Tips for creating an inclusive culture
Here we take a look at some of the simple things we can all do to help create a more inclusive culture at work.
Breaking down the barriers
Being inclusive means avoiding making any assumptions about colleagues which can lead to pigeonholing and stereotyping. Instead, it’s about taking the time to consider the whole person, their interests, talents, motivations and feelings – what makes them uniquely them.
For managers and leaders, it may also mean challenging the perception that diversity and inclusion are compliance issues, and encouraging consistent support and role modelling from the top down.
Mind your micro-behaviors
Micro-behaviors are small, often barely noticeable, actions or sayings which can be unconscious. They can be positive or negative, leading to feelings of inclusion or exclusion.
Micro-behaviors can be as seemingly inconsequential as glancing at your watch in a meeting, forgetting someone’s name when you introduce them, or interrupting or talking over someone. If these behaviors are negative and built up over time, they can leave people feeling undervalued, demotivated or completely left out.
Try to pay close attention to the language (including body language) you use with your colleagues, and how you might adapt it towards different individuals. Actively seek feedback to help build your self-awareness, and be prepared to offer constructive feedback to others if you feel these behaviors could be adversely affecting a member of your team.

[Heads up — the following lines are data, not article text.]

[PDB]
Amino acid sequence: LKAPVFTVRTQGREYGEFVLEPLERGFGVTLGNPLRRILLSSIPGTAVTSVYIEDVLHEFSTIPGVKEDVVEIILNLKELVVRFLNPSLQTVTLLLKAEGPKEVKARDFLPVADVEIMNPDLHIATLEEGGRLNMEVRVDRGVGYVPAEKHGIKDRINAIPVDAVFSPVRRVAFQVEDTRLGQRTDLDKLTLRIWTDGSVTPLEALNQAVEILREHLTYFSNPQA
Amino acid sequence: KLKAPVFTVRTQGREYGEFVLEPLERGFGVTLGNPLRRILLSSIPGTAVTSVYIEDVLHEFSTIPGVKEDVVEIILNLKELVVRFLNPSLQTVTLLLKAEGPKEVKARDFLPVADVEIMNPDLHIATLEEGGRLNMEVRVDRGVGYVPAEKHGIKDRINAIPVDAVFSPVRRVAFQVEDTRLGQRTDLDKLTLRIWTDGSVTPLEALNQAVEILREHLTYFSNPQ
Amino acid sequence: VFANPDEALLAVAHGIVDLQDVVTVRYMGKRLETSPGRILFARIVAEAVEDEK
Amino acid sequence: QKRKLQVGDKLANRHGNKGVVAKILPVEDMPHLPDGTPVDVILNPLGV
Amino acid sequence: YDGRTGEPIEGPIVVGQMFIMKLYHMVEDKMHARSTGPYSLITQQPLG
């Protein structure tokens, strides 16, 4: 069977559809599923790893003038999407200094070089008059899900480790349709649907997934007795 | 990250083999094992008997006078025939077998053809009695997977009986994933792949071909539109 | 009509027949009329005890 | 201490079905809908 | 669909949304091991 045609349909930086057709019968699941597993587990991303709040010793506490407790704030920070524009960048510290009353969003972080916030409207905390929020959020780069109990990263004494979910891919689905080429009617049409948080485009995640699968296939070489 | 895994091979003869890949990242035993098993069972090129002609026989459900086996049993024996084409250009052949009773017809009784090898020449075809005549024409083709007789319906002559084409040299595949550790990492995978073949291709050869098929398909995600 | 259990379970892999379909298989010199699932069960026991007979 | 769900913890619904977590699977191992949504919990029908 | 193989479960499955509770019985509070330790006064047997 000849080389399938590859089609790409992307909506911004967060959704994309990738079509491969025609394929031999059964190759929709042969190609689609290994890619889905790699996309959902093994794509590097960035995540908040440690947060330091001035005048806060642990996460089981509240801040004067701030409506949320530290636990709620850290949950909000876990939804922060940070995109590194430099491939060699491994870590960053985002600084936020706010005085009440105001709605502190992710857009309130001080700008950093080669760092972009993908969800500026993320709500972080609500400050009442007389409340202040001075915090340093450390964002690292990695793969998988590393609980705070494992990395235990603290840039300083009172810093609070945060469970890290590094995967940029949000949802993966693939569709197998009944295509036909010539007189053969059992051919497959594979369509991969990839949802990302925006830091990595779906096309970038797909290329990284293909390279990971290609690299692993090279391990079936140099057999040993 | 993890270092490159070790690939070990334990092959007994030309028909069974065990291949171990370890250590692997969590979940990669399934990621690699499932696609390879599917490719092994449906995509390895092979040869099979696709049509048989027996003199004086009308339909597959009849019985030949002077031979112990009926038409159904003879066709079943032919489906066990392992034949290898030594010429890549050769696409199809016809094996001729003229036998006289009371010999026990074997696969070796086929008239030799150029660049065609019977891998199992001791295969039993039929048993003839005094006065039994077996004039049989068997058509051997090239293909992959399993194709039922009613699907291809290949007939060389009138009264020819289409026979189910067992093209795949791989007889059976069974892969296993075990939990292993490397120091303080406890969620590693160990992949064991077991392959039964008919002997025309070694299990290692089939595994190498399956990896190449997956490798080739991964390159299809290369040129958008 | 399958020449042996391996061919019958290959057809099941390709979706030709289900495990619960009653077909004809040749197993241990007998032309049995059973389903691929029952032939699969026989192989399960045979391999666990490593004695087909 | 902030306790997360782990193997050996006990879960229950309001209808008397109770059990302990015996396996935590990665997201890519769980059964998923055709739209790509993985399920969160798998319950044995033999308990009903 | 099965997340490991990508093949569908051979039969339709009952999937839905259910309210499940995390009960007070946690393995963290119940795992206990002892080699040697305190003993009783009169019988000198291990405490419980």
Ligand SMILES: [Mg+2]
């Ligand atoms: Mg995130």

Questions to ask yourself
While senior leadership clearly has a role to play in fostering and promoting an inclusive culture by linking business strategy to organizational values, employees at all levels can make a real difference too. Here are just a few questions to ask yourself:
- What assumptions do I make about my direct reports or colleagues? Try to be really honest with yourself. For negative assumptions, ask yourself, on what basis these are founded? What might you do to challenge these assumptions?
- In team meetings, do I expect or encourage contributions from the same people each time? How can I ensure that everyone in meetings (including quieter employees) has a voice? What impact is this approach likely to have?
- When I schedule meetings or social events, do I take into account all colleagues, including those who work flexibly or have parental or carer responsibilities?
Three easy things you can do right now
Here are three simple things that you can do right now, to be more inclusive in work and life:
- Ask a colleague you don’t know particularly well to have a virtual coffee. Maybe it’s someone who is a completely different age or background to you. Make an effort to get to know each other, and you’ll be surprised how easy it is to quickly find some common ground.
- Have an online team catch-up to get to know each other better. You might ask everyone to match some little known facts to the right colleague. This can be a fun way to get to know the less serious side of your co-workers, and any hidden talents or interesting stories about them. Even if you’ve worked together for a while, be prepared to be surprised!
- Join a new network, interest group or class in or away from work. This could be around a common interest, from charity work to a book club. The main thing is, it puts you in touch with people in your organization – or beyond – who you might not otherwise meet. Working and learning with a range of different people exposes you to a breadth and depth of perspectives, with all the benefits that can bring.
 Vivian Maza, 'How to Create a More Inclusive Culture at Work'. Available at: https://www.entrepreneur.com/article/296635 (accessed 5 September 2017).
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